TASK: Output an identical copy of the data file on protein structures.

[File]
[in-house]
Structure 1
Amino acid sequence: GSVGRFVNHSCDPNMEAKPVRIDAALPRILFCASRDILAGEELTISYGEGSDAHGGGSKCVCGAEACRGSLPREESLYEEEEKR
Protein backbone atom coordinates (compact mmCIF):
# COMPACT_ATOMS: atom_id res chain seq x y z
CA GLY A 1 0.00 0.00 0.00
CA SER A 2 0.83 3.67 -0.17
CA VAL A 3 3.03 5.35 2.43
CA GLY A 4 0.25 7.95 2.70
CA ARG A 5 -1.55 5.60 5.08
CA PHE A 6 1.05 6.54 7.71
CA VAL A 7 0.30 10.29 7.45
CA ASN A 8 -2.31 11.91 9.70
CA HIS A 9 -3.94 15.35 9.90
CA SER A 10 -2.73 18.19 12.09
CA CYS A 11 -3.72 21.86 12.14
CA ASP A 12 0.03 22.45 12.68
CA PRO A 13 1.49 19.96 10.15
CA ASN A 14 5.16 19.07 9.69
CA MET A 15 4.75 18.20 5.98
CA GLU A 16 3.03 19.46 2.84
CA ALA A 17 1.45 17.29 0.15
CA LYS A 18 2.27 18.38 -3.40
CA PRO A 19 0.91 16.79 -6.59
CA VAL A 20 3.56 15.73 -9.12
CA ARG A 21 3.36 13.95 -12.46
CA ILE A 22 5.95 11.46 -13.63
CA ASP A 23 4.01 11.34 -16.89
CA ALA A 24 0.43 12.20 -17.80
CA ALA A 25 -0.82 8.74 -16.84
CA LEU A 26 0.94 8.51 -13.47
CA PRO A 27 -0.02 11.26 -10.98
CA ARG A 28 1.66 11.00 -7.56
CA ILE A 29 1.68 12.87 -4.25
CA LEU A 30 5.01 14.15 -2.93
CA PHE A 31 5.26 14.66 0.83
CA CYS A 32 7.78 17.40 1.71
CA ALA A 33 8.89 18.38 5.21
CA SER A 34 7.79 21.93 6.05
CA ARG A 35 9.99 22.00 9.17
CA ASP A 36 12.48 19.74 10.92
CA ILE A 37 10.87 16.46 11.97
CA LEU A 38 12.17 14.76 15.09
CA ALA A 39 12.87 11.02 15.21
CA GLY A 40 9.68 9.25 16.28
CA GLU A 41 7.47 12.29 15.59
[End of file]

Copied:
[in-house]
Structure 1
Amino acid sequence: GSVGRFVNHSCDPNMEAKPVRIDAALPRILFCASRDILAGEELTISYGEGSDAHGGGSKCVCGAEACRGSLPREESLYEEEEKR
Protein backbone atom coordinates (compact mmCIF):
# COMPACT_ATOMS: atom_id res chain seq x y z
CA GLY A 1 0.00 0.00 0.00
CA SER A 2 0.83 3.67 -0.17
CA VAL A 3 3.03 5.35 2.43
CA GLY A 4 0.25 7.95 2.70
CA ARG A 5 -1.55 5.60 5.08
CA PHE A 6 1.05 6.54 7.71
CA VAL A 7 0.30 10.29 7.45
CA ASN A 8 -2.31 11.91 9.70
CA HIS A 9 -3.94 15.35 9.90
CA SER A 10 -2.73 18.19 12.09
CA CYS A 11 -3.72 21.86 12.14
CA ASP A 12 0.03 22.45 12.68
CA PRO A 13 1.49 19.96 10.15
CA ASN A 14 5.16 19.07 9.69
CA MET A 15 4.75 18.20 5.98
CA GLU A 16 3.03 19.46 2.84
CA ALA A 17 1.45 17.29 0.15
CA LYS A 18 2.27 18.38 -3.40
CA PRO A 19 0.91 16.79 -6.59
CA VAL A 20 3.56 15.73 -9.12
CA ARG A 21 3.36 13.95 -12.46
CA ILE A 22 5.95 11.46 -13.63
CA ASP A 23 4.01 11.34 -16.89
CA ALA A 24 0.43 12.20 -17.80
CA ALA A 25 -0.82 8.74 -16.84
CA LEU A 26 0.94 8.51 -13.47
CA PRO A 27 -0.02 11.26 -10.98
CA ARG A 28 1.66 11.00 -7.56
CA ILE A 29 1.68 12.87 -4.25
CA LEU A 30 5.01 14.15 -2.93
CA PHE A 31 5.26 14.66 0.83
CA CYS A 32 7.78 17.40 1.71
CA ALA A 33 8.89 18.38 5.21
CA SER A 34 7.79 21.93 6.05
CA ARG A 35 9.99 22.00 9.17
CA ASP A 36 12.48 19.74 10.92
CA ILE A 37 10.87 16.46 11.97
CA LEU A 38 12.17 14.76 15.09
CA ALA A 39 12.87 11.02 15.21
CA GLY A 40 9.68 9.25 16.28
CA GLU A 41 7.47 12.29 15.59